Most Americans unwilling to give up privacy to thwart attacks: Reuters/Ipsos poll
A majority of Americans are unwilling to share their personal emails, text messages, phone calls and records of online activity with U.S. counter-terrorism investigators - even to help foil terror plots, according to a Reuters/Ipsos opinion poll released on Tuesday.
The poll showed Americans were more reluctant to share personal information than when the poll last asked the question four years ago.
For instance, 75 percent of adults said they would not let investigators tap into their Internet activity to help the U.S. combat domestic terrorism. That's up from 67 percent who answered the same way in June 2013.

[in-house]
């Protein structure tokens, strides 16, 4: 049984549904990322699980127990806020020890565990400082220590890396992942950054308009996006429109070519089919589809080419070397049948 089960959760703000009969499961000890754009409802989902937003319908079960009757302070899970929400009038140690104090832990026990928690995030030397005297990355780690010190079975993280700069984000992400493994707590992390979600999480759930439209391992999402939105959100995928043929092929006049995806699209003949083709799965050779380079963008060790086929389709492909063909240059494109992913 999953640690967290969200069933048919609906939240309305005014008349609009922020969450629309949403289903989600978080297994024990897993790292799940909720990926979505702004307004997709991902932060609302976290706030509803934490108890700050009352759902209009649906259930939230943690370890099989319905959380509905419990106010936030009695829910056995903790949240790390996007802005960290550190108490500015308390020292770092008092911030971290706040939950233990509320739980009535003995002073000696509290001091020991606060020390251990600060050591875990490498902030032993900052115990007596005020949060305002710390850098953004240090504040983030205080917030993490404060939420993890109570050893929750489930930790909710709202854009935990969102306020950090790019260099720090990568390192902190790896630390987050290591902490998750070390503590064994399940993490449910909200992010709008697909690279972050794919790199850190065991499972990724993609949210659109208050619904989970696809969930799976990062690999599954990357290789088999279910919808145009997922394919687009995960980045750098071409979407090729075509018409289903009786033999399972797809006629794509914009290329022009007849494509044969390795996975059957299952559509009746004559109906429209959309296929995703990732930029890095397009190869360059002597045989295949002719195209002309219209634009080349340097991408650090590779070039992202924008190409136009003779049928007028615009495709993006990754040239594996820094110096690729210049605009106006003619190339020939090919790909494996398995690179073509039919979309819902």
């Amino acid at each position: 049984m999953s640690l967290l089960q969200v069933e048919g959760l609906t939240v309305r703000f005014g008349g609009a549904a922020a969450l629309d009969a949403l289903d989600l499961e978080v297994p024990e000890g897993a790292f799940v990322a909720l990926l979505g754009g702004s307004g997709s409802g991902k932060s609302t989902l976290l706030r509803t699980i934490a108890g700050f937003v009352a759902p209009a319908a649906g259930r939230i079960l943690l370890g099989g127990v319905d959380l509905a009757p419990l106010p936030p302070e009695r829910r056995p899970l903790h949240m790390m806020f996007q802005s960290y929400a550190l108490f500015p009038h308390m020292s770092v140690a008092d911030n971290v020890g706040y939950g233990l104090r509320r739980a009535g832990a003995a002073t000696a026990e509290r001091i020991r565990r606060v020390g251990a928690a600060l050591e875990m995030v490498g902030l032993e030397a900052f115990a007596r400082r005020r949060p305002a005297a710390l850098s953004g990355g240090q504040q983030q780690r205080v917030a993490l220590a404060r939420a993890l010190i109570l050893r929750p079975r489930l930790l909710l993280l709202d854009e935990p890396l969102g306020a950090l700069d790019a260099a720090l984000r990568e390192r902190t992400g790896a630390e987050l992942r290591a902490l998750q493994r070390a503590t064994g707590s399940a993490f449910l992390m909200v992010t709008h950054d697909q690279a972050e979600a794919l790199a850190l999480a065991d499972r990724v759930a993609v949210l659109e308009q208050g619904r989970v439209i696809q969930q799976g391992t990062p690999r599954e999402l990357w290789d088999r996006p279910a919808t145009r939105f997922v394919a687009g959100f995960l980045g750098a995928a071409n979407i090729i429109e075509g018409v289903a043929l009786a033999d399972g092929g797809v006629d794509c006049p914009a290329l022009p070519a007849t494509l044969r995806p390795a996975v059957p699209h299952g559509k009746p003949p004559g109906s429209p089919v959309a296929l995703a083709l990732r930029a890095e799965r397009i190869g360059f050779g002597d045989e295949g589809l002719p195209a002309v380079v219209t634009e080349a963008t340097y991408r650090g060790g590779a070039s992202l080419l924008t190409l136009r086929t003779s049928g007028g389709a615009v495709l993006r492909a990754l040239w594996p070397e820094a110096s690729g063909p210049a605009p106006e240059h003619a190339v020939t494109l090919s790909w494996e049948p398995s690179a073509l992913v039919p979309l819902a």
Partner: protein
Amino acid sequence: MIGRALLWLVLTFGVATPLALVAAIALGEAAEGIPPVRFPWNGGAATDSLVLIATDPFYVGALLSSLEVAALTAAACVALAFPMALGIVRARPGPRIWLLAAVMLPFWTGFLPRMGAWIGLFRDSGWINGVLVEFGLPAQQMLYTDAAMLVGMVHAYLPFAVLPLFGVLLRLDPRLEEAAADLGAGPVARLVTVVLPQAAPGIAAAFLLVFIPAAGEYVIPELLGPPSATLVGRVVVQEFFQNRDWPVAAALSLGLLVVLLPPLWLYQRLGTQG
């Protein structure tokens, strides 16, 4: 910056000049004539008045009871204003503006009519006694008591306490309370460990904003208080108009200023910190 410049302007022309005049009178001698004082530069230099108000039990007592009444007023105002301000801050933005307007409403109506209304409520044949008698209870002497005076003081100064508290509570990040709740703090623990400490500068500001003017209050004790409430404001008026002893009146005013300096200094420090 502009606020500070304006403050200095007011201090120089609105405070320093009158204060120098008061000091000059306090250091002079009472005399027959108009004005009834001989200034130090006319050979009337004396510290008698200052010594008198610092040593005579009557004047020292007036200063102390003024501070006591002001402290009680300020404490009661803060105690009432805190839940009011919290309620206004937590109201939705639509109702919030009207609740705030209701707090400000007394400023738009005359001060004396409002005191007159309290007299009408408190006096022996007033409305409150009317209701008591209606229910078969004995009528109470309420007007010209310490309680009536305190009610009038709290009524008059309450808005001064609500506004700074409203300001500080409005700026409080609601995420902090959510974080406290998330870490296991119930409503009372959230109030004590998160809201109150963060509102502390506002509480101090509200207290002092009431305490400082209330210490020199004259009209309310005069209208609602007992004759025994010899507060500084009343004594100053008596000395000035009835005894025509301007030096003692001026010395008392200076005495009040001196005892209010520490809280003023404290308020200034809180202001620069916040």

Congress is due to address questions about surveillance later this year when it opens debate over whether to limit the government's ability to conduct warrantless searches of American data.
According to the March 11-20 survey, 32 percent said intelligence agencies such as the FBI and National Security Agency are conducting "as much surveillance as is necessary" and 7 percent said they wanted more surveillance. Another 37 percent of adults said agencies are "conducting too much surveillance on American citizens." The remaining 24 percent said they did not know. - Read More, Reuters